I spent childhood with my nose in a book. The bookstore was my equivalent of a candy store, especially during my Babysitters Club phase (mom would let me pick out a new book in the series on every trip). Then, I studied English in college—and amassed an even greater home library. At some point, though, after the minutiae of adult life commandeered many of my hours, my reading time waned drastically.
When I moved cross-country after I got married, I decided to majorly thin out my book collection—but to my surprise, it wasn’t something that made me sad. Instead, I loved the library I was left with. It was full of books that had made a lasting impression on me, and only books that had done that.
These days, thanks to the invention of the Kindle and the ability to read in bed at night even after my husband needs the lights off, I’m fervently back to my favorite childhood hobby. Even though e-books don’t take up any physical room, I still get most of them from the library. They don’t cost anything, and I also feel more free to “try” books when I’m not committing to a purchase.
But there is a time when I do still buy my own physical books. If I read a book and it makes a big enough impact on me that I mope around when it ends or that I tell my friends they need to read it or I don’t want to lose my highlights, that’s a book I’ll put on my buy list.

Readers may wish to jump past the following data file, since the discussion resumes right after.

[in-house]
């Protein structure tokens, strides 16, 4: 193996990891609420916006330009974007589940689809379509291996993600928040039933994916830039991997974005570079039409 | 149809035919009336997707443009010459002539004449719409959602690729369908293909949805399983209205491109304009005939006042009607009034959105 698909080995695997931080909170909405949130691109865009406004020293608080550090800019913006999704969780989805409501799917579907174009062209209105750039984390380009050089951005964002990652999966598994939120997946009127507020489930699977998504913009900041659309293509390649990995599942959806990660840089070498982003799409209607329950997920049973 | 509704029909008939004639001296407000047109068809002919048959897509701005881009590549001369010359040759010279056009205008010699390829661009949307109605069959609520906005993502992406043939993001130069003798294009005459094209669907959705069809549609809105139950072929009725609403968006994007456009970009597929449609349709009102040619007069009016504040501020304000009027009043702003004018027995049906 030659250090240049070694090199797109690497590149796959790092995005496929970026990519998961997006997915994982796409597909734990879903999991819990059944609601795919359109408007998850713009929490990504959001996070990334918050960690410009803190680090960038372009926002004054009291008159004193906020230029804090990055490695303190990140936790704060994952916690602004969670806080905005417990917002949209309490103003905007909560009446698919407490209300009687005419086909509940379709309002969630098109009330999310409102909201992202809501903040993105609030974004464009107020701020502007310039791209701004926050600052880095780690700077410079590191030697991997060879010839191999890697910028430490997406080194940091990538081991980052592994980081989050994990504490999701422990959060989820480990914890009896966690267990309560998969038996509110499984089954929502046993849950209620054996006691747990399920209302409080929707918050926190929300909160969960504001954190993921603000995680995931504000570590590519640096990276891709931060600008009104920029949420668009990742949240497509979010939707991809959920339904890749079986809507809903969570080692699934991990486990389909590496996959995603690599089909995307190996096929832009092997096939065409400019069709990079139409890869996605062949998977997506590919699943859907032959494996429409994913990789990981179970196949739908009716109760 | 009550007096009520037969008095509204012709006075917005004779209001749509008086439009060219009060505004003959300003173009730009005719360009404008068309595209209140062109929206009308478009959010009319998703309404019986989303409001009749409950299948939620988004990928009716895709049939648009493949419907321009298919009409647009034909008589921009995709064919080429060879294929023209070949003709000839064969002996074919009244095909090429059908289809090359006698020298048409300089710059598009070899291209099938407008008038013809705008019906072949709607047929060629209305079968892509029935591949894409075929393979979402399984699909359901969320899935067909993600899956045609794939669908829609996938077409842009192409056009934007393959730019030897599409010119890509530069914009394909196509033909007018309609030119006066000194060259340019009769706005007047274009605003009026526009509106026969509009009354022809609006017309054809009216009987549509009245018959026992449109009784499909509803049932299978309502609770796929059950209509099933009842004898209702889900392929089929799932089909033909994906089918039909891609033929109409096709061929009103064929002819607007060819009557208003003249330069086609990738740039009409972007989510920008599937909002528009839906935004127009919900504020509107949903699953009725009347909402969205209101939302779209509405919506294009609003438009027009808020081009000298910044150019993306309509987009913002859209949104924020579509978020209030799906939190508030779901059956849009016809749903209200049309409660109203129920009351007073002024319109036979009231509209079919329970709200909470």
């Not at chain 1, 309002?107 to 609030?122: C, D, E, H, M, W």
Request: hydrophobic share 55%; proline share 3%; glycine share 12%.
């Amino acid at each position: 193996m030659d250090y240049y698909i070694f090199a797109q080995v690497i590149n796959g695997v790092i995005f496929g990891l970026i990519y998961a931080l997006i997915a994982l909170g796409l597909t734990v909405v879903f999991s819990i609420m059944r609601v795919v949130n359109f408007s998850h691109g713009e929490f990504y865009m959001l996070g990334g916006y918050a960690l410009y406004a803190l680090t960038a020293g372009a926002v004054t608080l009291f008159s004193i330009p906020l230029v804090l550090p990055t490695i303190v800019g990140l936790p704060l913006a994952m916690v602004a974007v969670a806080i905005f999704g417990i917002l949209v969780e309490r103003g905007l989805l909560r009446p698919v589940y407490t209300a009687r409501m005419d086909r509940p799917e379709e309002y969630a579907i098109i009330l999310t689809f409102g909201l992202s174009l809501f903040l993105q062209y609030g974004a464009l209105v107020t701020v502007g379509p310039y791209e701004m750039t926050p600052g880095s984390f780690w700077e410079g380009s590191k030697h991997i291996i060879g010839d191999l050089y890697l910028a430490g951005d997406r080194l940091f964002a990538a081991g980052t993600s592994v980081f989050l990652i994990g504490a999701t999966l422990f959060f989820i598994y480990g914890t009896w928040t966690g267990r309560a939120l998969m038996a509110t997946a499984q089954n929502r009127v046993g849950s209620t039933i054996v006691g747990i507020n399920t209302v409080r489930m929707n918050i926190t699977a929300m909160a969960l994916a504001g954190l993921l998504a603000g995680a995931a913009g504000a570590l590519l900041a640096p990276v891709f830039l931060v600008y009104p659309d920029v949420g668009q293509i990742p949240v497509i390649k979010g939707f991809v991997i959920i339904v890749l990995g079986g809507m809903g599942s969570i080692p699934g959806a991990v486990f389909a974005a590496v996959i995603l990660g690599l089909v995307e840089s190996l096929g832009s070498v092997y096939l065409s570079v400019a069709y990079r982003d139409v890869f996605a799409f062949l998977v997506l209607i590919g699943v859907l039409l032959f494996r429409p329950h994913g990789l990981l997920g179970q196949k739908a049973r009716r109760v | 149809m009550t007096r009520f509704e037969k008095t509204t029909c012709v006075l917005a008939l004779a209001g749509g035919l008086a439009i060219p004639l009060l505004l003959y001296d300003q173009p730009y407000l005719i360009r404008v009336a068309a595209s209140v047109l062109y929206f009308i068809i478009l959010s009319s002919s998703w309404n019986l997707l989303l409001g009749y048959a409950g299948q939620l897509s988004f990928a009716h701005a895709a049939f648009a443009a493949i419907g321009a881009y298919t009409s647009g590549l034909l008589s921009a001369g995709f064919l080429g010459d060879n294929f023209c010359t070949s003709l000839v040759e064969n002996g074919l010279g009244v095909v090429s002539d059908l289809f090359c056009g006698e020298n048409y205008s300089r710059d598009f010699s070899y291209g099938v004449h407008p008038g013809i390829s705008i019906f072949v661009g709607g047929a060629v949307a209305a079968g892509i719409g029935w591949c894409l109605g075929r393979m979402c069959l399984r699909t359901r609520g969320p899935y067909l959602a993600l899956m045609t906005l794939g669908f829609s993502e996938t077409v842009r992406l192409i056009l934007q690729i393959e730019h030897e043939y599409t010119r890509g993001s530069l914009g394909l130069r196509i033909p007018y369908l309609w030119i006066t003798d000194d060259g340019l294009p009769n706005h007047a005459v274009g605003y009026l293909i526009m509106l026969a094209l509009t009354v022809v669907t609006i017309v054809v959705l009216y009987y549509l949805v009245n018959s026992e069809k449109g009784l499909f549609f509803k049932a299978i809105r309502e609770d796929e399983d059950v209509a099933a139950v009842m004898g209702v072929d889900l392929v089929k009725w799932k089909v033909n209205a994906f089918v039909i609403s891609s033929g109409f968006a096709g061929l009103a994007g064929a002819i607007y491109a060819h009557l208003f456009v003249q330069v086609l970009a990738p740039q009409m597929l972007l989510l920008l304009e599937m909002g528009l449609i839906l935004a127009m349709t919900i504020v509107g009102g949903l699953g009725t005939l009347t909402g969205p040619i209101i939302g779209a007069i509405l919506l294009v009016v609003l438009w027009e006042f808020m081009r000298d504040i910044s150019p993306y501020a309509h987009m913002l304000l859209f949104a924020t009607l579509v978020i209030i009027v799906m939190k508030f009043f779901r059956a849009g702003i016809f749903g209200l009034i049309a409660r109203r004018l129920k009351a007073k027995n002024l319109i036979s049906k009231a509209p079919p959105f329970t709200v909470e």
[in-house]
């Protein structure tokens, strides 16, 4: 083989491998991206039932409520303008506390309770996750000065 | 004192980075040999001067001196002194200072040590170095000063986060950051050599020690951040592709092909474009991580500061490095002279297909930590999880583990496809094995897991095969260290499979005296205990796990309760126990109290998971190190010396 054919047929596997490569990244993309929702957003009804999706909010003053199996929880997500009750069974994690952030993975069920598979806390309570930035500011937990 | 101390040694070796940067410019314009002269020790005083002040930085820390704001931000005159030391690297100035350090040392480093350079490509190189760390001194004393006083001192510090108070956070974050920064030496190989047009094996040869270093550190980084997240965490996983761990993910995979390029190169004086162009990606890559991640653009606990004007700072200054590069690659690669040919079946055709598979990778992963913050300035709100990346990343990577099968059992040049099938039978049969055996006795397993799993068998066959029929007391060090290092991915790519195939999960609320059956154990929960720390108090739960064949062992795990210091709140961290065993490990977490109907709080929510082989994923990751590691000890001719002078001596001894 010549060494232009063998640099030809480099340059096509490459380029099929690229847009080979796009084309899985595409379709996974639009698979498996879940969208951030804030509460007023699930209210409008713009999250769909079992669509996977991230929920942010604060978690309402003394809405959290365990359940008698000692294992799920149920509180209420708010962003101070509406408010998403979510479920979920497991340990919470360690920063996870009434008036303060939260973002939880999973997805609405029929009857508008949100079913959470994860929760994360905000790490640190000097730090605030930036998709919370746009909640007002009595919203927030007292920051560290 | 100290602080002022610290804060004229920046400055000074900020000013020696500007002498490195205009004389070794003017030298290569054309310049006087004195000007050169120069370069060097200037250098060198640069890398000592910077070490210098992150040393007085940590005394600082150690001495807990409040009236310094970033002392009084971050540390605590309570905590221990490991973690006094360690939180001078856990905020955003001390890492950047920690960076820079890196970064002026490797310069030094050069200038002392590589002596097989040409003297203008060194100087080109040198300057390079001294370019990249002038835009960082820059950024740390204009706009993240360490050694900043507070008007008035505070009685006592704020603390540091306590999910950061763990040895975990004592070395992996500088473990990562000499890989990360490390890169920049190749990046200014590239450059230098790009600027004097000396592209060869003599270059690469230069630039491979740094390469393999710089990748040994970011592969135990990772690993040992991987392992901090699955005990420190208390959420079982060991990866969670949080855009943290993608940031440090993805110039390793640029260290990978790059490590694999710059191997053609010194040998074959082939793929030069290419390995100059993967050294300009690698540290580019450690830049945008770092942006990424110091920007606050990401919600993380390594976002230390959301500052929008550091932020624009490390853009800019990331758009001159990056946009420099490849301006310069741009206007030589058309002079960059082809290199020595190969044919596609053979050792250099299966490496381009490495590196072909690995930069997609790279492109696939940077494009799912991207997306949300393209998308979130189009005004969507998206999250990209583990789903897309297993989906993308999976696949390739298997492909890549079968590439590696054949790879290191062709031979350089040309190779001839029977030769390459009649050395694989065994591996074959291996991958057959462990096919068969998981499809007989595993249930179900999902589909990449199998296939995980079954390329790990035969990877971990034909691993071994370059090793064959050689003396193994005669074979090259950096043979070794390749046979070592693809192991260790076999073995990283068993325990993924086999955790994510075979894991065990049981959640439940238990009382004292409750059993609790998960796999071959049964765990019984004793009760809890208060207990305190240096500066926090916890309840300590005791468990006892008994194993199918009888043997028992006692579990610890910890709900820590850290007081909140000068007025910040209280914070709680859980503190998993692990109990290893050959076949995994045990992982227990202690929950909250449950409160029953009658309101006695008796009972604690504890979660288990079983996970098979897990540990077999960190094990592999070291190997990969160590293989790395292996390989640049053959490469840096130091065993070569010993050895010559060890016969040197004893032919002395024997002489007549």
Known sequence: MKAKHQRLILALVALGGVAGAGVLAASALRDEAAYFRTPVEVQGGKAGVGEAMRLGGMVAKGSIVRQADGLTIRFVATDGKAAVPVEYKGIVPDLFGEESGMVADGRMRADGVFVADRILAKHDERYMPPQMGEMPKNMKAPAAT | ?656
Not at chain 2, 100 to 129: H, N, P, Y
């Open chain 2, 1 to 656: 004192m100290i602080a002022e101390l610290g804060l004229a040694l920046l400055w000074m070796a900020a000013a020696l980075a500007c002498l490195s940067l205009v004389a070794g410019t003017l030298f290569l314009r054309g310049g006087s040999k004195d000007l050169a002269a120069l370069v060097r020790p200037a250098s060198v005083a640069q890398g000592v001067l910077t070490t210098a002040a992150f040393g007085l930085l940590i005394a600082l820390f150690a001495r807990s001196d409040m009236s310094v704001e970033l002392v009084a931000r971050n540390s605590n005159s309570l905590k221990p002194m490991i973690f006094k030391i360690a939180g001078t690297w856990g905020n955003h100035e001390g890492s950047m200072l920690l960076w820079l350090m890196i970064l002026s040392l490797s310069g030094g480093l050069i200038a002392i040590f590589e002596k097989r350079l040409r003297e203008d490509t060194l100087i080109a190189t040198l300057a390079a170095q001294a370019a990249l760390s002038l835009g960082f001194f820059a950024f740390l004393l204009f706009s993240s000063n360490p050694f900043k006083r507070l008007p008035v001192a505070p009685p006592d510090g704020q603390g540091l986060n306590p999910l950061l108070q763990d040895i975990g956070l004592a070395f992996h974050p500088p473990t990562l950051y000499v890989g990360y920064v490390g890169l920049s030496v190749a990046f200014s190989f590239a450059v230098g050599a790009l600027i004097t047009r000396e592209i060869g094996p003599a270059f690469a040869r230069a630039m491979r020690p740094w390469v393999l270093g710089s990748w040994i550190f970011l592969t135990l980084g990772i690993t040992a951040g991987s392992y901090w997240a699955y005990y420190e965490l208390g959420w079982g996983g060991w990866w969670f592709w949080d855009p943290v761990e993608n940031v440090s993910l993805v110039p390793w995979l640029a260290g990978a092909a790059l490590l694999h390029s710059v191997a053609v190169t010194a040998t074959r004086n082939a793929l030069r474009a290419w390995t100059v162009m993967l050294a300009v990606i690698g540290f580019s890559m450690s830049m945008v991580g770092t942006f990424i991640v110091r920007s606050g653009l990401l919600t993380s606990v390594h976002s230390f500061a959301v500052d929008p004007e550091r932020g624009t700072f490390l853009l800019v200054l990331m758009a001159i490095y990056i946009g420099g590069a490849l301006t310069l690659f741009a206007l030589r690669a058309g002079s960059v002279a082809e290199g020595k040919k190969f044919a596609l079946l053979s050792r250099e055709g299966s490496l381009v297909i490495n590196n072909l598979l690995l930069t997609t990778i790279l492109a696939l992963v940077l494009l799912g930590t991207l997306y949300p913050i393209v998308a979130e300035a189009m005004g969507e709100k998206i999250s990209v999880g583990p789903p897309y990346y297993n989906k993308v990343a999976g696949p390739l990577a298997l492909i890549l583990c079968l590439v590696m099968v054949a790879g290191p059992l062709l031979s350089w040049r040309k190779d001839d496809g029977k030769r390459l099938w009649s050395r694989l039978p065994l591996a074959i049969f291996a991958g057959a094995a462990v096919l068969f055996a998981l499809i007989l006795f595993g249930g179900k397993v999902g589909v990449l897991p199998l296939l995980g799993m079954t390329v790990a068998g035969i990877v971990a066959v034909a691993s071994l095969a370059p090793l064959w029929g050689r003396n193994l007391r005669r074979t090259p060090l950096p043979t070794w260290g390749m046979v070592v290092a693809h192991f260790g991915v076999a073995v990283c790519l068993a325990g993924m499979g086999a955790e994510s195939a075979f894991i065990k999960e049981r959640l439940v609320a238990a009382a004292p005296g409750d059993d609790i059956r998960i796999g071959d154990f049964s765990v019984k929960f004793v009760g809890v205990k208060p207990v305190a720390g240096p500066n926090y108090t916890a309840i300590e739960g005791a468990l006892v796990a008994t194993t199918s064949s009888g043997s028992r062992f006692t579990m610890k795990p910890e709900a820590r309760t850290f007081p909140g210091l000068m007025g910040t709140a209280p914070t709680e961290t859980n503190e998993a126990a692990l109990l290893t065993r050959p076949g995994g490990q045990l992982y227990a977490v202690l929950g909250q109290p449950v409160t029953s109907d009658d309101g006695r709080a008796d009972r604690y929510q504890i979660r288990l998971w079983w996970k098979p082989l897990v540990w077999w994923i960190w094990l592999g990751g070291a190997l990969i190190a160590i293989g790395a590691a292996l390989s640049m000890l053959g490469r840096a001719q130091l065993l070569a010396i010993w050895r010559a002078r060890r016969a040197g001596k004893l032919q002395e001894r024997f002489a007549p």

Why I Buy Books After I’ve Borrowed Them
I love supporting my local library almost as much as I love reading, but there are several books that, after I’ve borrowed them, I want to add to my slimmed-down personal collection.
I buy books that moved me in one way or another, in order to support authors I love. My thinking is that if I want more good books from authors whose work has brought value and depth into my life, I should help support them! I’m ashamed to admit that this didn’t even occur to me until recently, at the admonition of a fellow bookworm on Instagram.
Adding physical books to my own library is slow and deliberate. By buying books after I read them, I’m not only contributing to authors’ success in my own small way, but I’m continuing to curate a collection that’s exclusively full of books that I love. And that’s a library I don’t have to declutter, ever.
How do you decide which books to buy?